Retirement guidance should help you make better decisions – but remember the system hasn’t been tested before

23rd July 2014

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If you are nearing retirement – in fact if you are just considering taking tax free cash – you about to be given a huge new range of choices when it comes to managing your pension income. You are also about to be given a new source of retirement guidance to sit alongside your existing adviser and employer communications.

The Government and the financial watchdog, the Financial Conduct Authority, has just released reams of paper outlining how pension investors will get guidance about their retirement decisions from next year.

Your pension scheme will have to alert you to the fact you can obtain such guidance from various specified sources. It won’t come from your financial adviser, or from the consultant who advises your workplace scheme.

They can provide you with communications or regulated financial advice about your options but not this officially sanctioned retirement guidance.

The two bodies which are frontrunners to provide the guidance about your retirement are the Pension Advisory Service (TPAS) and the Money Advice Service (MAS). They are mentioned in the Treasury paper just published.

Now the first body, TPAS, has always done some sterling work by giving information and telephone help on pensions, but has yet to be tested for such a wide scale project. The latter had a difficult infancy since its creation at the start of this Parliament and it has been castigated for spending too much money on marketing and advertising without necessarily demonstrating how it had helped people.

Indeed the arguments between interested Members of Parliament and MAS itself continue about whether it is fit for purpose. (and that was before we knew it was set to be given another purpose.)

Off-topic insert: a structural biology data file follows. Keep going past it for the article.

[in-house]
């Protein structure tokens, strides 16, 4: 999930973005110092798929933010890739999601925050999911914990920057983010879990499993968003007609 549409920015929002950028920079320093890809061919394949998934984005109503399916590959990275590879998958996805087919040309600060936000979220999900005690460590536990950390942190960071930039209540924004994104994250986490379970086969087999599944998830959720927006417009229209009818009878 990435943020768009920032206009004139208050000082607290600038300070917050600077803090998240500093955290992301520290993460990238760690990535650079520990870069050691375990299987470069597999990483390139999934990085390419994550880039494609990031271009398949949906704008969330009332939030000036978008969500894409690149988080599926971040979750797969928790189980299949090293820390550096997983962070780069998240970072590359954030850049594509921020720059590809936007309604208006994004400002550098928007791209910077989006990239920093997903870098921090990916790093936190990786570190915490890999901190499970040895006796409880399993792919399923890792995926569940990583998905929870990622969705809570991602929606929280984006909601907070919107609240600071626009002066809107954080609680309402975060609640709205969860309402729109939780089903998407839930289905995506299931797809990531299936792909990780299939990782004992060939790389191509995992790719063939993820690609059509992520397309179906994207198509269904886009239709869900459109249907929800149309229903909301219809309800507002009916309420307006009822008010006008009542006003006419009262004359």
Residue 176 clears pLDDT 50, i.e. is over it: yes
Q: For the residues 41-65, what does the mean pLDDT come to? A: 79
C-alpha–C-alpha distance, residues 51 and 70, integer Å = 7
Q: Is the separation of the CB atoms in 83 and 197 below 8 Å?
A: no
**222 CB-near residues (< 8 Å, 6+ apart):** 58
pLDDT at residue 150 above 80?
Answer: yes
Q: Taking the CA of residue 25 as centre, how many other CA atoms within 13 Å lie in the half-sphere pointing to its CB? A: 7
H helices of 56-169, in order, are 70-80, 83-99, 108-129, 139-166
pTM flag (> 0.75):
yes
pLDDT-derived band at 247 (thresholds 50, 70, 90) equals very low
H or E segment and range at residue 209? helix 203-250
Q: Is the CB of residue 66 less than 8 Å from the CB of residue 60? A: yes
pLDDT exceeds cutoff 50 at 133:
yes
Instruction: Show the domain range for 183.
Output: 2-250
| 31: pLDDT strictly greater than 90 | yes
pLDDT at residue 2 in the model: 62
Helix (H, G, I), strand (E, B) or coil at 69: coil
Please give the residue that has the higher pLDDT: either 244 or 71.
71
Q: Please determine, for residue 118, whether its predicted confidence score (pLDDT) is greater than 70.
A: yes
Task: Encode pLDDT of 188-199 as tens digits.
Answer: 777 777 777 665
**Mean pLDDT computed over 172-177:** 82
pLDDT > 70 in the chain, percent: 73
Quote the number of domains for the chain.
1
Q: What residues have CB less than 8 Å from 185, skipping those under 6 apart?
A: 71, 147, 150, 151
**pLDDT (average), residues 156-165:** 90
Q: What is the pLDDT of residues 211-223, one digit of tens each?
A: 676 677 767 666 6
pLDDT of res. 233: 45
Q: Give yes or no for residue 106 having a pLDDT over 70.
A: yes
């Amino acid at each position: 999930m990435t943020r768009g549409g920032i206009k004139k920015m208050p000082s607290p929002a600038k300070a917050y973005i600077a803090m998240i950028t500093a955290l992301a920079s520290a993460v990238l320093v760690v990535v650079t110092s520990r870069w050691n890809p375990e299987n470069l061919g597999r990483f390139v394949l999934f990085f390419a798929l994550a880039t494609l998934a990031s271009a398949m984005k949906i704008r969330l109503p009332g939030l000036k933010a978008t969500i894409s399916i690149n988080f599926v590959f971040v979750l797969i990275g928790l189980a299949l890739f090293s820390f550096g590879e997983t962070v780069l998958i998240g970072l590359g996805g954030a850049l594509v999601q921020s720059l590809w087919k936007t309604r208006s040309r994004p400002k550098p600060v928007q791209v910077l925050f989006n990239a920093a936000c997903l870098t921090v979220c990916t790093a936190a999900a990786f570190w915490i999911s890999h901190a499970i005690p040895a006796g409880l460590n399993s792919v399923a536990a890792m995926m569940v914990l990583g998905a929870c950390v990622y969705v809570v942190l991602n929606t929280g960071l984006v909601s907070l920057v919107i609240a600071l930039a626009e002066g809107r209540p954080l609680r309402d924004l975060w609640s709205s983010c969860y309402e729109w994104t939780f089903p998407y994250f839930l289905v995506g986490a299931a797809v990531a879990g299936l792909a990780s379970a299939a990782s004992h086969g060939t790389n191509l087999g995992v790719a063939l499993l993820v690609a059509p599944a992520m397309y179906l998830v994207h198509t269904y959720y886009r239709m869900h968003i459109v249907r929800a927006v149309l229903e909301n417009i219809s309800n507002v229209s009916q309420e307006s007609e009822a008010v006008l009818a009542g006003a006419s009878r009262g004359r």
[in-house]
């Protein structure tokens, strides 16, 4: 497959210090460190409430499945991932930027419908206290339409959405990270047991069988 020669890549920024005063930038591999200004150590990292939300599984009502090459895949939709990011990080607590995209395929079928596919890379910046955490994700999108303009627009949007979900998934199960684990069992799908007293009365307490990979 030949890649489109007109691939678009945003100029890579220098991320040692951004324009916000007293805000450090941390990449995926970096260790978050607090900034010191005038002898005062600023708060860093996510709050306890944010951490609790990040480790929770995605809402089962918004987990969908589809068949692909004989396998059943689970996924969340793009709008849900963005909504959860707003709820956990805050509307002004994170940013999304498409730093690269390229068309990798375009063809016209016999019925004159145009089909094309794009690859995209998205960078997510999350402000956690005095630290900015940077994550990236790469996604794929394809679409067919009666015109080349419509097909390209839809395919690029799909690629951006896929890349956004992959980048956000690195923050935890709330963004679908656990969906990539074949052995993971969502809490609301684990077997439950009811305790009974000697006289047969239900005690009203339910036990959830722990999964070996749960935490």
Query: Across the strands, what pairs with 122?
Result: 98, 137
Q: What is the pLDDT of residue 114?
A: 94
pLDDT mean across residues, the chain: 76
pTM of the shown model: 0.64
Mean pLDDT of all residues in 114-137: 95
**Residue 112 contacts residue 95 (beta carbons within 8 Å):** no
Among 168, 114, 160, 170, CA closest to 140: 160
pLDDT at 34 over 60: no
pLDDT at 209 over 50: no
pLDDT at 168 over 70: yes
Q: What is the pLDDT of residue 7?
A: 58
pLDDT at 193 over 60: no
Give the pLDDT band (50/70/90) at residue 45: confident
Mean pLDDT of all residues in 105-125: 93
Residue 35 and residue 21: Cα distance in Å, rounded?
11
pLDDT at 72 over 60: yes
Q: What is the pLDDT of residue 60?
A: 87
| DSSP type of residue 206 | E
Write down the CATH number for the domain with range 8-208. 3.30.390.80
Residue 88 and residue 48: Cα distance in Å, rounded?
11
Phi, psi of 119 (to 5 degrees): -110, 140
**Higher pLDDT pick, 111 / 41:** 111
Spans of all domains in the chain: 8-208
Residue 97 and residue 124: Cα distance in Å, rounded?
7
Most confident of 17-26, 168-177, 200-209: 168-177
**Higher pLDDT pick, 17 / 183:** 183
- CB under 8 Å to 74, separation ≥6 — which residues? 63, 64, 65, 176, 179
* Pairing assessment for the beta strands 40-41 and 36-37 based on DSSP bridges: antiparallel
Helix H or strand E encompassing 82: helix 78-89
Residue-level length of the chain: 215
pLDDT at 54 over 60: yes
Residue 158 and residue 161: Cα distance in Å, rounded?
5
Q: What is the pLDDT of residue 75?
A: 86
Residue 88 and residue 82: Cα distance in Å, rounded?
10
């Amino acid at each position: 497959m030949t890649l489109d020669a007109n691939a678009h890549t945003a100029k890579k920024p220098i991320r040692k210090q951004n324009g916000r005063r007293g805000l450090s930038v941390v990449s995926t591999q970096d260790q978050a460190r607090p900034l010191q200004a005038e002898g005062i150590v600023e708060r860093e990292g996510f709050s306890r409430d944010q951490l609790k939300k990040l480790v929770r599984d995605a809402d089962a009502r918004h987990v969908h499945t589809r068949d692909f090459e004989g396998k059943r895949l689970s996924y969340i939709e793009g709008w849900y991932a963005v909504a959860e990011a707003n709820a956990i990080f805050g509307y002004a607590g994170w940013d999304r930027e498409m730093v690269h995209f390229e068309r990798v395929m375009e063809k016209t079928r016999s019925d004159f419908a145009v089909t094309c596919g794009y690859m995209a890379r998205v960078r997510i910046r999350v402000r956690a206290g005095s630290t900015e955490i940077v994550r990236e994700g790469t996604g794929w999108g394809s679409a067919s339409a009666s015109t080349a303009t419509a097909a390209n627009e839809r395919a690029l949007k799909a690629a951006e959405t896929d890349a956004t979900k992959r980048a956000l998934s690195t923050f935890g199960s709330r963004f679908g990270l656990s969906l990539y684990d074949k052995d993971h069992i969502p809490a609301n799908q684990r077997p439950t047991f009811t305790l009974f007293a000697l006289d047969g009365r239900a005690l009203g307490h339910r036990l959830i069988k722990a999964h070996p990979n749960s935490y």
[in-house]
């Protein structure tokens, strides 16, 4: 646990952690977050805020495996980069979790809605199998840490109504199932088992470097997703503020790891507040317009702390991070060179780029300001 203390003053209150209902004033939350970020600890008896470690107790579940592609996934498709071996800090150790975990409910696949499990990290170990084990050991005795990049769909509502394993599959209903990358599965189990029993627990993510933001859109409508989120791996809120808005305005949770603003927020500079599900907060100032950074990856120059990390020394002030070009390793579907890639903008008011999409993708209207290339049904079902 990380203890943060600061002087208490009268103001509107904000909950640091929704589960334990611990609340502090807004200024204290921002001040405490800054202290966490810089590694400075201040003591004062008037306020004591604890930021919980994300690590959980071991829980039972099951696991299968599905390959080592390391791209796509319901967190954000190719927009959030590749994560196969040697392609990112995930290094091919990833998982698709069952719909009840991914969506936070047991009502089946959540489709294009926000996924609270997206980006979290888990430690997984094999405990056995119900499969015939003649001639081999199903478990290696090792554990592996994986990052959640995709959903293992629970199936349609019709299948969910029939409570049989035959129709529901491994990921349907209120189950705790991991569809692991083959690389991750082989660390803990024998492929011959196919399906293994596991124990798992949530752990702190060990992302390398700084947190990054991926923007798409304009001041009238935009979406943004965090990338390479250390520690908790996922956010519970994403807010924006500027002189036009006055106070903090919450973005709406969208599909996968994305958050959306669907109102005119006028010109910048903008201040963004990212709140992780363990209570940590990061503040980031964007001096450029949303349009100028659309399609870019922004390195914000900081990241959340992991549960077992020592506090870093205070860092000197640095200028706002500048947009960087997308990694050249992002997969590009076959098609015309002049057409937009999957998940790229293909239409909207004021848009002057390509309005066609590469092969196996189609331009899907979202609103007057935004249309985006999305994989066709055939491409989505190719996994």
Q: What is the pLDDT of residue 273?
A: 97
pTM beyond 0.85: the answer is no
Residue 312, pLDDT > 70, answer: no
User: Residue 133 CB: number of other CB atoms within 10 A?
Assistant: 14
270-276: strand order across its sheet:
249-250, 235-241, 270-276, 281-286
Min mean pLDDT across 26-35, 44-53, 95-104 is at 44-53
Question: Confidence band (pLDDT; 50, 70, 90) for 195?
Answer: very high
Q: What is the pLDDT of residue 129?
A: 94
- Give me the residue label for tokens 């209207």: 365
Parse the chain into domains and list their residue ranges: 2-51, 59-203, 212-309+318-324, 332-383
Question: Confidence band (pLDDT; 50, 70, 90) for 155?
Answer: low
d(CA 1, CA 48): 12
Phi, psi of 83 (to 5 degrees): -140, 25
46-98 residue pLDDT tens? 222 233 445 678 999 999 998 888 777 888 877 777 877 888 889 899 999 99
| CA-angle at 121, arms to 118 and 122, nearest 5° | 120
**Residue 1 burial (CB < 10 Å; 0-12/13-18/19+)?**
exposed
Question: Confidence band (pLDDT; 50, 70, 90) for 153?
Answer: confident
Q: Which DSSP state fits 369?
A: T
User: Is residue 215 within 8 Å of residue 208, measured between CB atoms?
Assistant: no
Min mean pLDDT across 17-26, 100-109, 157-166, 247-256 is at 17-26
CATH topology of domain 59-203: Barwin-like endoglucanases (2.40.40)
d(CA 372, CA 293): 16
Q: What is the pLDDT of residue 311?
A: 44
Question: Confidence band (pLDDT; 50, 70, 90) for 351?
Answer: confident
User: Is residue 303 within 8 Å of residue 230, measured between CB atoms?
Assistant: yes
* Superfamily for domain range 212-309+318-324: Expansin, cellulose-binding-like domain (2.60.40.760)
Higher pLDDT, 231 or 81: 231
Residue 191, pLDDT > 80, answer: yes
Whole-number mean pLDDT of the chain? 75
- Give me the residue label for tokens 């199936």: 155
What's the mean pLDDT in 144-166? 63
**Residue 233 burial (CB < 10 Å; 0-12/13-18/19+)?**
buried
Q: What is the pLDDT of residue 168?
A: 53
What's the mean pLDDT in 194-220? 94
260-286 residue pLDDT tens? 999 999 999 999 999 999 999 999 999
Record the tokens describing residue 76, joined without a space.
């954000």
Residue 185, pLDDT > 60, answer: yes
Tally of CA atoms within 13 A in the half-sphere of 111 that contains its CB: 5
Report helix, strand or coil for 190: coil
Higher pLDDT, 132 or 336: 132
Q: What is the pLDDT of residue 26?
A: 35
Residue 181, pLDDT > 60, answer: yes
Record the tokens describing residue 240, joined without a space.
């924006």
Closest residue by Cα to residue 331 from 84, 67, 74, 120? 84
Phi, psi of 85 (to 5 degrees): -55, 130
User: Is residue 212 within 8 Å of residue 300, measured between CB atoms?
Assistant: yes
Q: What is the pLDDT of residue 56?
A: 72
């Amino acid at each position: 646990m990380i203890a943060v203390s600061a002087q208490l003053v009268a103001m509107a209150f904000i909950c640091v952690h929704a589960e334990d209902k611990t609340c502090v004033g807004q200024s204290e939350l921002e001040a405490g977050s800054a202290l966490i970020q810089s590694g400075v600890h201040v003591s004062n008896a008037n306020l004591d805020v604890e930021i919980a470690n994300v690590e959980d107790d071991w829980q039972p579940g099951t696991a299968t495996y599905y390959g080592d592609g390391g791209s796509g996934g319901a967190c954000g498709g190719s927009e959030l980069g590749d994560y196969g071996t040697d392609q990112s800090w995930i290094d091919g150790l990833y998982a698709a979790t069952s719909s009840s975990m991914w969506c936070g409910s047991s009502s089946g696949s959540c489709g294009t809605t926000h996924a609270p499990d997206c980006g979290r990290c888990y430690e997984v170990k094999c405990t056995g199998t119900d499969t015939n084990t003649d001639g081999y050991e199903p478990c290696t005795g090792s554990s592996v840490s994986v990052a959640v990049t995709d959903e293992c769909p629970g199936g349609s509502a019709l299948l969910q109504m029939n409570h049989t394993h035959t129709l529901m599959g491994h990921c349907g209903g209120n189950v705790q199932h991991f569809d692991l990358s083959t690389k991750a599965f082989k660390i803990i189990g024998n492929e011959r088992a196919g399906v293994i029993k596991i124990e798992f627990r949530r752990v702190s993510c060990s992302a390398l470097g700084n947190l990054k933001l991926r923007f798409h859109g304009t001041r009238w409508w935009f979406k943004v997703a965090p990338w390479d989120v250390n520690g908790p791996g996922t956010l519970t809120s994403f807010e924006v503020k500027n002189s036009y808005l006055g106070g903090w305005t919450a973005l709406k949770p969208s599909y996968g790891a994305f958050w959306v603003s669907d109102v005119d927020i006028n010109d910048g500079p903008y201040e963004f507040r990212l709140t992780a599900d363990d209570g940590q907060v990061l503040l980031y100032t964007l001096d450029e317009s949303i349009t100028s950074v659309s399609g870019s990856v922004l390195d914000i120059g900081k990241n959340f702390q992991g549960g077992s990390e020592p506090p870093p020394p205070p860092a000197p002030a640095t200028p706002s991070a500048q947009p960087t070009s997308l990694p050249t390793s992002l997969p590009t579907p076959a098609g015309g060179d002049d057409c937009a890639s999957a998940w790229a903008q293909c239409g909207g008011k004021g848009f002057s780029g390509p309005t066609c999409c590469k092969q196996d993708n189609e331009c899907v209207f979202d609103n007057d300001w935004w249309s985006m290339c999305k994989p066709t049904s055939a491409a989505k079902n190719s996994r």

So when you, as a pension scheme investor, are promised this guidance in the next six months or so, and especially if you are in the first year’s cohort to receive it, you need to make sure you are satisfied with what you receive in terms of help.

At Mindful Money, we also see a risk that many investors will get a confusing choice of options and information. This is the inevitable result of the Government and regulator deciding that the financial services industry – advisers and providers – should not provide this help, but that pension providers should direct their policyholders and members to it, and it should come from ‘unbiased’ sources.

We can understand this decision. Some pensions companies used to provide information of dreadful quality to their policyholders. They were quite content to see your pension pot converted into a annuity with their firm without properly alerting you to other options on the open market.

Some of the worst firms would not even test whether their long standing policyholders might have a chronic illness which meant they should at least have taken out an enhanced annuity. This is clearly why pension providers have not been trusted with guidance.

But the planned system leads to a difficult boundary to police between advice and guidance. The sources of help, MAS, TPAS, and perhaps Citizens Advice are untested at serving huge numbers of retirees a year. The maximum if all sought guidance would be 400,000. That could threaten an organisation’s systems if it wasn’t  used to such volumes.